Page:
Human waste feeds rest stop greenhouse

Aug 31, 2005

A new Vermont highway rest stop has blue water in the toilets as part of a "green" system that uses tropical plants to cleanse and recycle sewage water.

The state spent $6.3 million on the facility on Interstate 89, 10 miles northwest of White River Junction, which also has a greenhouse containing mainly Asian plants that do the purification and recycling.

The site is also home to the country's first Vietnam veterans memorial, erected in 1982, the New York Times reported.

In the so-called living machine, the contents of a flushed toilet are pumped into a filtration system to rid them of odor and then into six concrete cylinders holding vegetation that eat the waste, converting it into plant food.

After the water is cleaned for reuse, it is pumped back into the toilets to resume the cycle. Signs hanging over toilets warn users that the water, dyed blue for good measure, is undrinkable wastewater.

Copyright 2005 by United Press International

Explore further: More than half of biology majors are women, yet gender gaps remain in science classrooms

add to favorites email to friend print save as pdf

Related Stories

Honda smart home offers vision for zero carbon living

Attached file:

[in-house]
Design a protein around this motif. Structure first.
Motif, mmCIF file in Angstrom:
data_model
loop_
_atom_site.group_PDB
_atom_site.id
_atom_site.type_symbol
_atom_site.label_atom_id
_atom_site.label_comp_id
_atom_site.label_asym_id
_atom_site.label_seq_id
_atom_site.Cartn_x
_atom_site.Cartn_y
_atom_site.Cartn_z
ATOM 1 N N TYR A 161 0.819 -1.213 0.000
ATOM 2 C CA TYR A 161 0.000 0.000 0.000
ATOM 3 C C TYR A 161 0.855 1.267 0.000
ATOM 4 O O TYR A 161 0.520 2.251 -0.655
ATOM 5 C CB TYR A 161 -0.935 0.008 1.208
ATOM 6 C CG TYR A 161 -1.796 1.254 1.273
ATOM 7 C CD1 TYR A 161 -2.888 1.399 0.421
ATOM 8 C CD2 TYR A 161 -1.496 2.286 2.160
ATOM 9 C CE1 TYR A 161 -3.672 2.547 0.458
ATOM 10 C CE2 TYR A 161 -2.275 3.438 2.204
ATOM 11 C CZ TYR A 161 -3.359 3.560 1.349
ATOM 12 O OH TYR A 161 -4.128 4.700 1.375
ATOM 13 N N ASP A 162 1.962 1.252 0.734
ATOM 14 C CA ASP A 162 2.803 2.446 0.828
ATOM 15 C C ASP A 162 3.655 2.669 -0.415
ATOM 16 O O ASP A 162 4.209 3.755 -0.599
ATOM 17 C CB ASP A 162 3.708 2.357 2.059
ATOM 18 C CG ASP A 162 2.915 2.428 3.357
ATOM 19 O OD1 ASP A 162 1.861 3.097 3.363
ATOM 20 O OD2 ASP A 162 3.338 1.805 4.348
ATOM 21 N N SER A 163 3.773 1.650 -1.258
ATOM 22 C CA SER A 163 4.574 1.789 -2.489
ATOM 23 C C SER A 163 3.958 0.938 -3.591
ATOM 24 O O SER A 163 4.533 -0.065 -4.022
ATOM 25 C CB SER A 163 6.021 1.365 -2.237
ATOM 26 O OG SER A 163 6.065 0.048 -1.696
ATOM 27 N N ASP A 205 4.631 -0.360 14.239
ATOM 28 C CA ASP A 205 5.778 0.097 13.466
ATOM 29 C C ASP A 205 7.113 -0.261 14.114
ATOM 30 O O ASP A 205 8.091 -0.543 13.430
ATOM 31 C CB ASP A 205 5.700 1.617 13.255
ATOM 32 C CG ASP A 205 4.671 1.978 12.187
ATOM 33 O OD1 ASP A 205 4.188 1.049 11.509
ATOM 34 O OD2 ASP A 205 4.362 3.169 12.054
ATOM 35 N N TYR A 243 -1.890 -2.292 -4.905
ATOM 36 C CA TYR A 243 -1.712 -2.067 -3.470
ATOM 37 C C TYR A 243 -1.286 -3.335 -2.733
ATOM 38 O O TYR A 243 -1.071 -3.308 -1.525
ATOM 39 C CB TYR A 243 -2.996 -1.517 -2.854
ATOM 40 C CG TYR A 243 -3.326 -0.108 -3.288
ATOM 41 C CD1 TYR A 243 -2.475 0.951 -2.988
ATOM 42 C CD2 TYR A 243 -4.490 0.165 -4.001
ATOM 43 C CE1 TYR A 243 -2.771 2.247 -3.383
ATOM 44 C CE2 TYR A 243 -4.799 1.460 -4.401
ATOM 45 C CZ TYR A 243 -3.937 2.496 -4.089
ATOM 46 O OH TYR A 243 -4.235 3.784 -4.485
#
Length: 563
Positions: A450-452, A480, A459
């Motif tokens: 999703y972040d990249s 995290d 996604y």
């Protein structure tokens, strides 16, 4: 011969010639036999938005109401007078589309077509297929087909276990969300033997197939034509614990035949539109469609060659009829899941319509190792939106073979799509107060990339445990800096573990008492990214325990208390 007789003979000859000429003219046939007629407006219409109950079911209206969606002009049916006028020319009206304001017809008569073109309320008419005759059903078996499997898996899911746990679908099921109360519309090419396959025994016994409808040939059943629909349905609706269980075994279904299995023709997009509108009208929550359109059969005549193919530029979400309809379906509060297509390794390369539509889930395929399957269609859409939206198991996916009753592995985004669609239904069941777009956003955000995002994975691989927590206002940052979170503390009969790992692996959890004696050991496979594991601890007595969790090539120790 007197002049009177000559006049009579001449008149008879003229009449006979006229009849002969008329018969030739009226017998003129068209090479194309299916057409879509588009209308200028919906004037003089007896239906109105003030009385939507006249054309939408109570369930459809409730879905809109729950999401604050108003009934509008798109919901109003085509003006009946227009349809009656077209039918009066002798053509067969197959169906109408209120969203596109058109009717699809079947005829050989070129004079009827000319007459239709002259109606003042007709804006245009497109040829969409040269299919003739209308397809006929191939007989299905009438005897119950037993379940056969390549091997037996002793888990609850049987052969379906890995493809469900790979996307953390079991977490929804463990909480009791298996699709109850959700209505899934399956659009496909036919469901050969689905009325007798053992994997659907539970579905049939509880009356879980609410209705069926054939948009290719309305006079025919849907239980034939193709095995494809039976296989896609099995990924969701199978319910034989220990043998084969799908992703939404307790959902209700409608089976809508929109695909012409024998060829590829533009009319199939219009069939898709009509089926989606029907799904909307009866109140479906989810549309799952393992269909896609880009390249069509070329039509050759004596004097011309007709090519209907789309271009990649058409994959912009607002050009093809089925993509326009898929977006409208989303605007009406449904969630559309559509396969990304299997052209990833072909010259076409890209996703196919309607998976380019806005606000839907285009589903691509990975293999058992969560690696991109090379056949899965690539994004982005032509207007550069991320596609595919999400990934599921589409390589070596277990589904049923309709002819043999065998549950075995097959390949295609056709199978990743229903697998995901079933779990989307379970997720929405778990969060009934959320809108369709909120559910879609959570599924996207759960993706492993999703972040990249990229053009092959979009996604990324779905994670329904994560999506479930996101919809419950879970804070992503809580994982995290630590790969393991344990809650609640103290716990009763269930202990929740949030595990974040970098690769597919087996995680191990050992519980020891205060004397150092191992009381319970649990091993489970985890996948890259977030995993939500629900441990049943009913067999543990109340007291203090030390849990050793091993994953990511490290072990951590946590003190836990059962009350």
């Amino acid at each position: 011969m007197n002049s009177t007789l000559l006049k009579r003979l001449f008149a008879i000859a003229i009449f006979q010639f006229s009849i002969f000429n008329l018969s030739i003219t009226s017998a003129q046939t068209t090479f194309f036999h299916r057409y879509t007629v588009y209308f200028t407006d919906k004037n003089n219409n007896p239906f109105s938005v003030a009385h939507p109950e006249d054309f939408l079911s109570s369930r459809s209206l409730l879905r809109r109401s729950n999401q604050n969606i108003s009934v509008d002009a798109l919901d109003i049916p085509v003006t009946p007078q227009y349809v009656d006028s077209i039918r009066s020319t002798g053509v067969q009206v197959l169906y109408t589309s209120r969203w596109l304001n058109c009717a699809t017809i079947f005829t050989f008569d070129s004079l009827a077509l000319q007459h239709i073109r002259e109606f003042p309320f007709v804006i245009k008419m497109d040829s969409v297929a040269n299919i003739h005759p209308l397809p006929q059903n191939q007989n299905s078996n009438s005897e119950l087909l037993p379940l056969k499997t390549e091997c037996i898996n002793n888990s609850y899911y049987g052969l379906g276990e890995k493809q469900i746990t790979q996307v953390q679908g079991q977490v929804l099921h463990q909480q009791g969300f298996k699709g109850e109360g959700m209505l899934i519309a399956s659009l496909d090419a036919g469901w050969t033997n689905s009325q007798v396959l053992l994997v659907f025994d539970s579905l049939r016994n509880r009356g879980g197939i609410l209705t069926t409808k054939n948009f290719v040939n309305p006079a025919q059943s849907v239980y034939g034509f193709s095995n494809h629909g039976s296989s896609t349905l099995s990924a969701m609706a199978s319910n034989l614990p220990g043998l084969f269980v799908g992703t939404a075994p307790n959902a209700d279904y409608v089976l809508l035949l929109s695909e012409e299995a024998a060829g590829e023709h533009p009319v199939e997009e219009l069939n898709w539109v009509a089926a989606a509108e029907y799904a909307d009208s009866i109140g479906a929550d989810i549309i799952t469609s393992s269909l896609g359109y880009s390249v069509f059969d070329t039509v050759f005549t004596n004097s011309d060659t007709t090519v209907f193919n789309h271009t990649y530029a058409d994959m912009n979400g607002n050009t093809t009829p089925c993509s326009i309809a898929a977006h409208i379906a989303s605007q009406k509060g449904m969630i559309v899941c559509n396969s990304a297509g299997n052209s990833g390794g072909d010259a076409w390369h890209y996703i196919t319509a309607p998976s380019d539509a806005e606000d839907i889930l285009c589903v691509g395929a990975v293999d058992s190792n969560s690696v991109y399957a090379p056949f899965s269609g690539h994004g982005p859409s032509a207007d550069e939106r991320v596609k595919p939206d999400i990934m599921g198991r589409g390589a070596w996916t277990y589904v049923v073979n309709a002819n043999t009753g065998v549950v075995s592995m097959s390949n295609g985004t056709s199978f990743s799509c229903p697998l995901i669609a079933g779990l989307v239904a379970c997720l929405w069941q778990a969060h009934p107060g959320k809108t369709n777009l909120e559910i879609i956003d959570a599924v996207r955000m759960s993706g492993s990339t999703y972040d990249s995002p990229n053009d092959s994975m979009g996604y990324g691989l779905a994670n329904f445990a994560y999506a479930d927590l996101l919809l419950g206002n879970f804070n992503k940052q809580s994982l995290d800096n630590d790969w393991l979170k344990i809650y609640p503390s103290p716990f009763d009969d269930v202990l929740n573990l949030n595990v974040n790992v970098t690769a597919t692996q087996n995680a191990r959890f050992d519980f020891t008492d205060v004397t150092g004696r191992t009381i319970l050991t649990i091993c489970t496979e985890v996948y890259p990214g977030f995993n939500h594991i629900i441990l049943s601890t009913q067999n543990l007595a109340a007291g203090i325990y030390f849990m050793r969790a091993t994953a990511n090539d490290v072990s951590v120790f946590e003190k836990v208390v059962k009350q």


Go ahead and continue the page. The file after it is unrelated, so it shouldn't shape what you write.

Mar 26, 2014

Honda and the University of California, Davis, today marked the opening of Honda Smart Home US, showcasing technologies that enable zero net energy living and transportation. The home in UC Davis West Village ...

The zero gravity coffee cup

Jul 15, 2013

High above our planet in the realm of satellites and space stations, the familiar rules of Earth do not apply. The midday sky is as black as night. There is no up and no down. Dropped objects do not fall, ...

Recommended for you

Modern population boom traced to pre-industrial roots

12 hours ago

The foundation of the human population explosion, commonly attributed to a sudden surge in industrialization and public health during the 18th and 19th centuries, was actually laid as far back as 2,000 years ...

Researcher looks at the future of higher education

12 hours ago

Most forecasts about the future of higher education have focused on how the institutions themselves will be affected – including the possibility of less demand for classes on campus and fewer tenured faculty members as ...

Now we know why it's so hard to deceive children

13 hours ago

Daily interactions require bargaining, be it for food, money or even making plans. These situations inevitably lead to a conflict of interest as both parties seek to maximise their gains. To deal with them, ...

User comments : 0